So, what else am I doing now that I never did before? I’m taking naps. I once read a humorous essay by a woman who wanted to know who that “old woman” was who had taken up residence in her house. The one who climbed stairs so slowly, the one who took naps in the afternoon, and whose bedtime coincided with that of her grandchildren. I’m here to tell you, that woman is me. Me, who used to walk briskly, could stay up all day and then work all night with no ill effects, and who seldom forgot anything. I could sure use her brain—and her body—right now. Wonder if she’d let me borrow them?

What about you? What changes have you seen in yourself as time goes by?


 He’s never met anyone who made him purr…

Starship pilot Dax never encountered a woman he wanted badly enough. Until he met Ava Karon…

 And he’ll never give his body without giving his heart… 
Dax is happy to take Ava back to her home planet, until he finds out she’s returning to an old boyfriend…

 As their journey together turns into a quest neither expected, Ava would give herself to Dax in a heartbeat. Except he doesn’t know the first thing about seducing a woman…Excerpt: you read the first chapter on Amazon 
My review of The Virgin

Cheryl Brooks is a critical care nurse by night and a romance writer by day. She is a member of the Romance Writers of America. She is the author of The Cat Star Chronicles series and lives with her husband, two sons, five cats, five horses and one dog in Indiana. For more information, please visit

Monday, June 6, 2011

The Winds Of Change: Self-Publishing

Isn’t amazing how things change, isn’t it?

In 2008, the new technology, Print On Demand, was becoming more readily available to not only small independent publishers but also individuals. There were those authors who had gone the self-publishing route, and may I add, with the prevailing attitude from their peers of lips curled. I knew many who had decided to publish their books as e-books. Attitudes were better but there were still those who sniffed and declared these authors weren’t “real” authors—as borne out by some writing associations and review sites.

On the sidelines, a close eye was kept on these bold and daring authors and small independent publishers and their failures and successes.

In 2009, e-books were on the rise and by early 2010 print books were fighting for equal footing in sales, as traditional publishers scrambled to make the new technology work for them.

Around this time some of the traditional publishers were starting to put out trade paperbacks of some of their authors and not just mass paperbacks. Business wise this makes perfect sense with digital printing, especially with exorbitant cost of returns. Trade paperbacks became more acceptable (which is funny when you consider trade paperbacks are the norm in other countries). While e-books had grown to a thriving business, and were beginning to level the playing field, trade paperbacks published with traditional publishers still had national exposure that self-published and some smaller independents didn’t.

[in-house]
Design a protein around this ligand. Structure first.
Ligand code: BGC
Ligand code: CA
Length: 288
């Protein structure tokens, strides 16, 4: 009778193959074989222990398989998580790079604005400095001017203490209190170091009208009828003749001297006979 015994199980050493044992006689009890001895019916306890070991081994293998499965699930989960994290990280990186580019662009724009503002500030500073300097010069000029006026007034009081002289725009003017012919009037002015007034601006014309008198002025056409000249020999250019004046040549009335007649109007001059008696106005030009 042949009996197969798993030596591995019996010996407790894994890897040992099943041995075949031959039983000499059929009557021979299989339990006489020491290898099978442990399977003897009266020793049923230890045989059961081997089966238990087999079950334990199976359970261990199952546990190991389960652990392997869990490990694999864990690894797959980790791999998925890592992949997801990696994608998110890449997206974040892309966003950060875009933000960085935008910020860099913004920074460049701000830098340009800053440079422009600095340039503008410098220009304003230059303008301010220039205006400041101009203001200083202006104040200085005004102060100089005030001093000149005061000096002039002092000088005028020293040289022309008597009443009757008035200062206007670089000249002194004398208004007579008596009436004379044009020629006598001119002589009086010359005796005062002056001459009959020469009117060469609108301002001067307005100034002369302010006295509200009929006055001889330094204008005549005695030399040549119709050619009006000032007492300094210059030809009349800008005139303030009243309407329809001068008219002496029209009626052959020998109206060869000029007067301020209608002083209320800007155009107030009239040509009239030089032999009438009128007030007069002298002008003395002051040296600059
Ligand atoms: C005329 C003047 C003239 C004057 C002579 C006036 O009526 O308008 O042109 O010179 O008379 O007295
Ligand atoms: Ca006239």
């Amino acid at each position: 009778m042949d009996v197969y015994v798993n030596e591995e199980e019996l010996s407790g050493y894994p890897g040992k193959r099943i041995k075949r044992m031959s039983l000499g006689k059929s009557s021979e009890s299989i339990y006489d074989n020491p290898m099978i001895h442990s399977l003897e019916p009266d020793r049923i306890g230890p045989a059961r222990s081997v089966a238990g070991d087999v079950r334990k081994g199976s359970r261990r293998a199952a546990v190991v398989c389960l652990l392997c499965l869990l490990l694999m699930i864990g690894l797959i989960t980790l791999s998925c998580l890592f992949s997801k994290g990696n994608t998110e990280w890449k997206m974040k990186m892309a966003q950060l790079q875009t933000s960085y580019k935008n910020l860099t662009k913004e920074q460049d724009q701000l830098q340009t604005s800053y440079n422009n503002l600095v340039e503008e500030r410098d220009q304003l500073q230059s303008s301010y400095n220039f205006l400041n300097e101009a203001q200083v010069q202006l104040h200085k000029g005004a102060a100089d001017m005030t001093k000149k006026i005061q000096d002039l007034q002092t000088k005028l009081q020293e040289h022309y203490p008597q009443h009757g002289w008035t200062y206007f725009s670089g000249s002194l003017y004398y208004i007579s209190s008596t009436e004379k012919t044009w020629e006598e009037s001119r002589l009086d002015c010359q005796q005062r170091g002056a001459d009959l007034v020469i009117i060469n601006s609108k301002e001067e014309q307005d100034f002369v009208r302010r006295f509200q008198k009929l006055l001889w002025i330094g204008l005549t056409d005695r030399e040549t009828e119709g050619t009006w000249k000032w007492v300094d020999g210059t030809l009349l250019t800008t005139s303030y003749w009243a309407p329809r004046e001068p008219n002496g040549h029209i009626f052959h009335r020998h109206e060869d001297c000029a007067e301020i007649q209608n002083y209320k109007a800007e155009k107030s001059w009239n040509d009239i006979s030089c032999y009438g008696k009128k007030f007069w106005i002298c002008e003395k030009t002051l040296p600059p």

What the traditional publishers had to their advantage—and still do—is distribution on a national level, in-house editors, cover artist, and active PR departments. Oh, and let’s not forget carrying the cost of the all-important, ISBN numbers and distribution through companies such as Ingrams (not cheap).

The latter part of 2010, we started to see the winds of change. Traditionally published authors opting to go the self-publishing route for many reasons; not the least is the ability to publish stories they know will be read even if their publishers initially shot down these books as too risky or not marketable. Another reason was allowing the authors greater profits on the e-books, longer shelf life, and basically, greater control over their work.

Having said that, these established authors have something debut authors don’t have, a name and a healthy readerbase. That’s not to say a debut author can’t build that, but for a debut author to think they can achieve the same results initially is comparing apples to oranges. Everyone has to start out on the ground level and build their business. Building a readerbase is no different.

Another thing to keep in mind is quality editing still has to be done, ditto on good cover art, because regardless if the book is electronic or paperback, we’re drawn to well designed covers. This means hiring an good people, epecially a good fiction editor as a new author, to assist so quality work is put out. Authors have to count the cost both in time and in outlay of money when considering self-publishing.

As authors, is POD technology (e-books and trade paperbacks) the way of the future? Of course. I said it back in the latter part of 2008 and it’s even more apparent now. How we get there is still being defined and refined. And it’s exciting to see. I admire those daring serious authors and independent publishers who were ahead of the pack. I have nothing but respect for those who are now forging ahead and breaking new ground.

  • What about you? Have considered it?
  • Or have you done it already? Be interesting to hear your opinions. 
  • What do you see as the pros and cons with regard to your work?